All seminars take place on Tuesdays at 3pm in the Cottrell Building,
room 4B96 (Except where stated otherwise).
|29th Aug - Room 2B38
||Dr. Shadi Atallah
University of New Hampshire
|The bio-economics of managing invasive plant externalities in forests with heterogeneous landowner preferences
Forest invasive plants can cause market (MES) and non-market ecosystem service (NMES) losses to private forest landowners. Because the bio-invasion creates spatial-dynamic ecological-economic linkages among landowners, bio-invasion control is a weaker-link public good and is likely to be underprovided. We hypothesize that heterogeneity in forest landowner preferences is a major determinant of bio-invasion spatial externalities. To test this hypothesis, we develop a spatial-dynamic model of bio-invasion and control with two agents that value differently the MES and NMES produced by the forest. Landowners choose control strategies and ignore the impact of their decisions on their neighbors. In the absence of long-distance dispersal, they both control the bio-invasion regardless of their preferences. In the presence of long-distance dispersal, a central planner controls the bio-invasion as well. However, when landowners have heterogeneous preferences, the MES landowner implements bio-invasion control, but the NMES landowner does not, creating a wedge between the central planner and decentralized management solutions. We compare uniform and non-uniform payments for ecosystem services (PES) and find that a PES to the NMES landowner is enough to mitigate the externality whereas a non-uniform PES is costlier and leads to a non-additional participation of the MES landowner.
NB: This seminar will be in Room 2B38.
||Dr. Brad Duthie
University of Stirling
|GMSE: a general tool for management strategy evaluation
Management strategy evaluation (MSE) is a powerful tool for simulating all key aspects of natural resource management under conditions of uncertainty. Here I present the R package GMSE, which generalises MSE using a game-theoretic approach to simulate adaptive decision-making management scenarios between stakeholders with competing objectives under complex social-ecological interactions and uncertainty. GMSE is agent-based and spatially explicit, and incorporates a high degree of realism through mechanistic modelling of links and feedbacks among stakeholders and with the ecosystem. I demonstrate how GMSE simulates a social-ecological system using the example of a waterfowl population in an agricultural landscape that is adaptively managed; simulated waterfowl exploit agricultural land, causing conflict between conservation interests and the interest of food producers maximising their crop yield. The R package GMSE is open source under GNU Public License; source code and documents are freely available on GitHub.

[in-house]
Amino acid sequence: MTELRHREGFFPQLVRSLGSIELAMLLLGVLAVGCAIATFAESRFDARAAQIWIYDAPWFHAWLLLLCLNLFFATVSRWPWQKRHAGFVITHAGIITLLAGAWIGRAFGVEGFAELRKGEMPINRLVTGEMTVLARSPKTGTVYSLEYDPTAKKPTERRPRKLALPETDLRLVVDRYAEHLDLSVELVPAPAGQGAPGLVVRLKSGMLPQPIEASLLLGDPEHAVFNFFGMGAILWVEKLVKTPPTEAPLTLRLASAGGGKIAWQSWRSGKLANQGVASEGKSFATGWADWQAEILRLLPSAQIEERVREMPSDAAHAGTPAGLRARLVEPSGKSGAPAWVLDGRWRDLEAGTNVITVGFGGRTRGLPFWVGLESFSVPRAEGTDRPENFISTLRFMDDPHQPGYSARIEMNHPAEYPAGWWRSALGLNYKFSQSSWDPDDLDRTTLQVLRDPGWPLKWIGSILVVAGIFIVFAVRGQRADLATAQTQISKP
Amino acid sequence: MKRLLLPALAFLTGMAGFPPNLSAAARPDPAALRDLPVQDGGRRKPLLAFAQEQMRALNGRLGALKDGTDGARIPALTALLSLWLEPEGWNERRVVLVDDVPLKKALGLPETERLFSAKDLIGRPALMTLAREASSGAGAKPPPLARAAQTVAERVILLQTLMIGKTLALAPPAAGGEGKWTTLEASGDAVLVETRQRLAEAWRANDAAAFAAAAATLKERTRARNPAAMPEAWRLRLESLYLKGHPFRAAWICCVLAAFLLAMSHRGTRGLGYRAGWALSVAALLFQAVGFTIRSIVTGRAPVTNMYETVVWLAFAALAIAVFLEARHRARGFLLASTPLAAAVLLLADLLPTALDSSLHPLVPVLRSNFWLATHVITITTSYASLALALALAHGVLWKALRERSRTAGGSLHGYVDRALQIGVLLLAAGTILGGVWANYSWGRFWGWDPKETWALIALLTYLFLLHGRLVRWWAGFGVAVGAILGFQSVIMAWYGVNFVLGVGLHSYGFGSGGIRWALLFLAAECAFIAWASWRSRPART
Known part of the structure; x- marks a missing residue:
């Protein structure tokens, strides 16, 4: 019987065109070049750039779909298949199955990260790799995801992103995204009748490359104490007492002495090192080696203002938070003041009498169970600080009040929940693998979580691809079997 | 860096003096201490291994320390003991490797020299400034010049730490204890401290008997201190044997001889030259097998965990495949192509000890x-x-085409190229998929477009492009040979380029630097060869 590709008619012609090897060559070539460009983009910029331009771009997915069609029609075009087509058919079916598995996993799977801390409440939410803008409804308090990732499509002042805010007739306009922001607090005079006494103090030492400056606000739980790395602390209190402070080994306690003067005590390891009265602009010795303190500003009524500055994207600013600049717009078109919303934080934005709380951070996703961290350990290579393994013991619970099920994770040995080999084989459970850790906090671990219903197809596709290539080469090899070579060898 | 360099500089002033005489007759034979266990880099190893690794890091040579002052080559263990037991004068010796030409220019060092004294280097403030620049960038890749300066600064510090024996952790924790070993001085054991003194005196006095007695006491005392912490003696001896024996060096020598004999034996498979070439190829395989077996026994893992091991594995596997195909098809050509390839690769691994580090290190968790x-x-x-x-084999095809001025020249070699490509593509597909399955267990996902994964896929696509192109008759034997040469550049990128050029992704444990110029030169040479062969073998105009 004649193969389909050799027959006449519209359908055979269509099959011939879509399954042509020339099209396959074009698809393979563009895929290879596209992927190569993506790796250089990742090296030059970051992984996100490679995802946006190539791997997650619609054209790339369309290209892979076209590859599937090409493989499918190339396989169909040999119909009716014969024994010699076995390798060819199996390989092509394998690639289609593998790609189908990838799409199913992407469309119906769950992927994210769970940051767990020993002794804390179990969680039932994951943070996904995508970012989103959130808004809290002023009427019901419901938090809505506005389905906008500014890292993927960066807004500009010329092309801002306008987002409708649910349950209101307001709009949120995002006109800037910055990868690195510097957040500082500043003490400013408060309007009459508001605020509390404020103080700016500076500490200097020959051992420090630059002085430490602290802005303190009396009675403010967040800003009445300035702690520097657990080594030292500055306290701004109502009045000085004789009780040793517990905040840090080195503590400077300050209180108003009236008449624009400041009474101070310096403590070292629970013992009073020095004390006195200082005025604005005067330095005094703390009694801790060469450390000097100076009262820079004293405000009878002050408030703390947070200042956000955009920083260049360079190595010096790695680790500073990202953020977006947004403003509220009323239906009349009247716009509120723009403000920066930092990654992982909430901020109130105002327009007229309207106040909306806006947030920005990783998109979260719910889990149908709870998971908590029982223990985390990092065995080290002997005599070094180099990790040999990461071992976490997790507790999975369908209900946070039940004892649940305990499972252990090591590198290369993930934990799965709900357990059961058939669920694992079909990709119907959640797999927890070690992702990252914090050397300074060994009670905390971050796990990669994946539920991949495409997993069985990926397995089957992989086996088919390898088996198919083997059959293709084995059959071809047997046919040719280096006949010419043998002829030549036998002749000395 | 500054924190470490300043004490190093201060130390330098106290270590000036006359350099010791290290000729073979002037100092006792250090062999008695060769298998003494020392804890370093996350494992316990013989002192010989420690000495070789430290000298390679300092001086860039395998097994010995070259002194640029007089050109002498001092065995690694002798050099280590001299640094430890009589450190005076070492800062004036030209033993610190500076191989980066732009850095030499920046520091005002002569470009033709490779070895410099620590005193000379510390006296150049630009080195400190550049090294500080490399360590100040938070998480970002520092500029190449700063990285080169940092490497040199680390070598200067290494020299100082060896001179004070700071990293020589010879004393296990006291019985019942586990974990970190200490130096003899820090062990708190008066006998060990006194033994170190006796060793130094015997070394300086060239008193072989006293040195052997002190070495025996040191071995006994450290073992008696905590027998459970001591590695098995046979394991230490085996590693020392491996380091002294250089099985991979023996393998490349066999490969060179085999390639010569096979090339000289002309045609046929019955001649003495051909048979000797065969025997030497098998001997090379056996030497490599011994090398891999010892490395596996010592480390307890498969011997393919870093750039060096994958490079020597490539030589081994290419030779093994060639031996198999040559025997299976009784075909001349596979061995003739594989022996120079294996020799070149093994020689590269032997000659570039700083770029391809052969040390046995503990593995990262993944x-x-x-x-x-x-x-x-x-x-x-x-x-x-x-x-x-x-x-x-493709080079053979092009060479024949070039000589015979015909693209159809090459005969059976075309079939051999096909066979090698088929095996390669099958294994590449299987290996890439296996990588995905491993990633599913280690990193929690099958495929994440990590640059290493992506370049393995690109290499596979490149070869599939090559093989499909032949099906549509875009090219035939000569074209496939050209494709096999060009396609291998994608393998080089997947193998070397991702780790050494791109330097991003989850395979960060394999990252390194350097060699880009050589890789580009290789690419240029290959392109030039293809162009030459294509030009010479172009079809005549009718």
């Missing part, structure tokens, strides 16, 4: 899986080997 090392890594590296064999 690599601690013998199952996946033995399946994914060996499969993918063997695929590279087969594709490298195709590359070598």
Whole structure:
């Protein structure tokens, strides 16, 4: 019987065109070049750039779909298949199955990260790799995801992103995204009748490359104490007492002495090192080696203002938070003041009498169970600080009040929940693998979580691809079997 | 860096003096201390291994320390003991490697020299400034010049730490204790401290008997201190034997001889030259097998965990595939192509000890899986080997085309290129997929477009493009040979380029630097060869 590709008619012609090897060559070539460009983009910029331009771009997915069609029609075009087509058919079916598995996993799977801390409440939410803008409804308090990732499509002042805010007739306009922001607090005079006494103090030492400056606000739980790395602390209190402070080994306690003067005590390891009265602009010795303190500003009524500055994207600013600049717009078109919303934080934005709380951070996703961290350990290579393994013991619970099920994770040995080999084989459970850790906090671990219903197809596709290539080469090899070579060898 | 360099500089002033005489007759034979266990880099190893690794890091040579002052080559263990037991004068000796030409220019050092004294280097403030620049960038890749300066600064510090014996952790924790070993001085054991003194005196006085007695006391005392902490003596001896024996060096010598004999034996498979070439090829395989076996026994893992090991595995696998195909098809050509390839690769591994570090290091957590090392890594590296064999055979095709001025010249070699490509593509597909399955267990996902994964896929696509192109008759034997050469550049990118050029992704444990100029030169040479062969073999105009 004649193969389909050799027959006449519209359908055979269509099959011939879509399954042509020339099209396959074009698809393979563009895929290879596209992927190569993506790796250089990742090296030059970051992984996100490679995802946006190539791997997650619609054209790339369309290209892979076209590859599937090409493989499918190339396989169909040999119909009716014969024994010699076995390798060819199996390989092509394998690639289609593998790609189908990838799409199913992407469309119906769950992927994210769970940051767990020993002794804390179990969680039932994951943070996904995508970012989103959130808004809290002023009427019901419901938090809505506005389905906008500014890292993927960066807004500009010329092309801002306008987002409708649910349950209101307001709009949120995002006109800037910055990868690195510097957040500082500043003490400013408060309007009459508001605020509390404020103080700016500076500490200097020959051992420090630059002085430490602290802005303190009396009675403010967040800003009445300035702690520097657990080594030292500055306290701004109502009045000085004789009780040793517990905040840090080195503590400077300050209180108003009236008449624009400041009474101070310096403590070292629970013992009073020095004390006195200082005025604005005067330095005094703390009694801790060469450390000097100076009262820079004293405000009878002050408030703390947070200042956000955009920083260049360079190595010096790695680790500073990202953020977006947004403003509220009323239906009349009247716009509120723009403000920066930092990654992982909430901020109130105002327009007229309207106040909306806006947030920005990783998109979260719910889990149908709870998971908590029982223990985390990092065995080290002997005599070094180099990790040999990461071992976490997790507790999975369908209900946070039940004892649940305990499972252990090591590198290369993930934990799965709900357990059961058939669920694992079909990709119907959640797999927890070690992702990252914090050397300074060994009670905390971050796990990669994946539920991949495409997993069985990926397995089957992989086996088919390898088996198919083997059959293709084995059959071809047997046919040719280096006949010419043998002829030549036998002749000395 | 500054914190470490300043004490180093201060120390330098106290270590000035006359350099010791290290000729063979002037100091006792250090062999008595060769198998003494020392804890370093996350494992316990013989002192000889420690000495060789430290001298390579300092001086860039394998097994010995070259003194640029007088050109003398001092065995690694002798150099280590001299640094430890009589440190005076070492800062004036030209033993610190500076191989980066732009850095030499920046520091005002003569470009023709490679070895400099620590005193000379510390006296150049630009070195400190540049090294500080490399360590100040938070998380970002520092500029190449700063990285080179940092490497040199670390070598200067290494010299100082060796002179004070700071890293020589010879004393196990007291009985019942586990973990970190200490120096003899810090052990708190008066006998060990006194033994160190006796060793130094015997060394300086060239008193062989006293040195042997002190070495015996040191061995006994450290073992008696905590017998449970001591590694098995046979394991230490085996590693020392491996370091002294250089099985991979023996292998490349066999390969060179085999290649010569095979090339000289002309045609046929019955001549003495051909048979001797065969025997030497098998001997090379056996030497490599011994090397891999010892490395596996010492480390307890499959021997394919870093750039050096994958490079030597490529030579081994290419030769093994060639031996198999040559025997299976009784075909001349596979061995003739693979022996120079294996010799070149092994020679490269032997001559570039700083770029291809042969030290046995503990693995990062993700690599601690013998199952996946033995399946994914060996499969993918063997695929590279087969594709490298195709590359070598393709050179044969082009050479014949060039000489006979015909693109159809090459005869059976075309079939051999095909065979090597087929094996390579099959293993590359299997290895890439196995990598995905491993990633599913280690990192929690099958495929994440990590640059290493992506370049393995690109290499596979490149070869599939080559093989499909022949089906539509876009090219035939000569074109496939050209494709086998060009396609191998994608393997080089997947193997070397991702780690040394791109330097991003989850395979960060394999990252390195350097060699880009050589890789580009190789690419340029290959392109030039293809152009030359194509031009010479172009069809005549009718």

||Dr. Craig Tennenhouse (Joint work with Dr. Carrie Byron)
University of New England, Maine, USA
|Commonality in structure among food web networks
A simple graph theoretic analysis of wet food webs, demonstrating the use of graph theory as a modeling technique in the applied sciences. We will examine real-world networks from geographically diverse ecological networks for common substructures using graph theory metrics and computational tools, and compare the results to randomized food webs. We will also look at landscape connectivity as another avenue of joint graph theory-ecology research.
||Dr. Paul Johnson
Institute of Biodiversity, Animal Health, and Comparative Medicine
University of Glasgow
|Modelling zoonosis transmission along livestock movement networks in Northern Tanzania
Zoonotic infectious diseases such as brucellosis, Q fever and Rift Valley Fever (RVF) cause substantial harm to people and livestock in sub-Saharan Africa. In order to predict how disease incidence will change — whether in response to control measures or changes in social, economic and environmental factors — we need to understand the processes that spread and maintain the causative pathogens at a range of scales from local (e.g. between neighbouring villages) to regional. I will describe our ongoing efforts to model long-range (10—500 km) transmission of zoonoses in Northern Tanzania among livestock (cattle, sheep and goats) populations. I will focus on the first stage of this process, in which we built a model of livestock movement using very patchy data gathered from archived paper livestock movement records. I will also briefly present another of my research interests, extending basic statistics such as power and R-squared to a very widely used class of regression models, generalised linear mixed-effects models (GLMMs).
||Dr. Scott Denholm
Animal & Veterinary Sciences Research Group
||Dr. Paul McMenemy
University of Stirling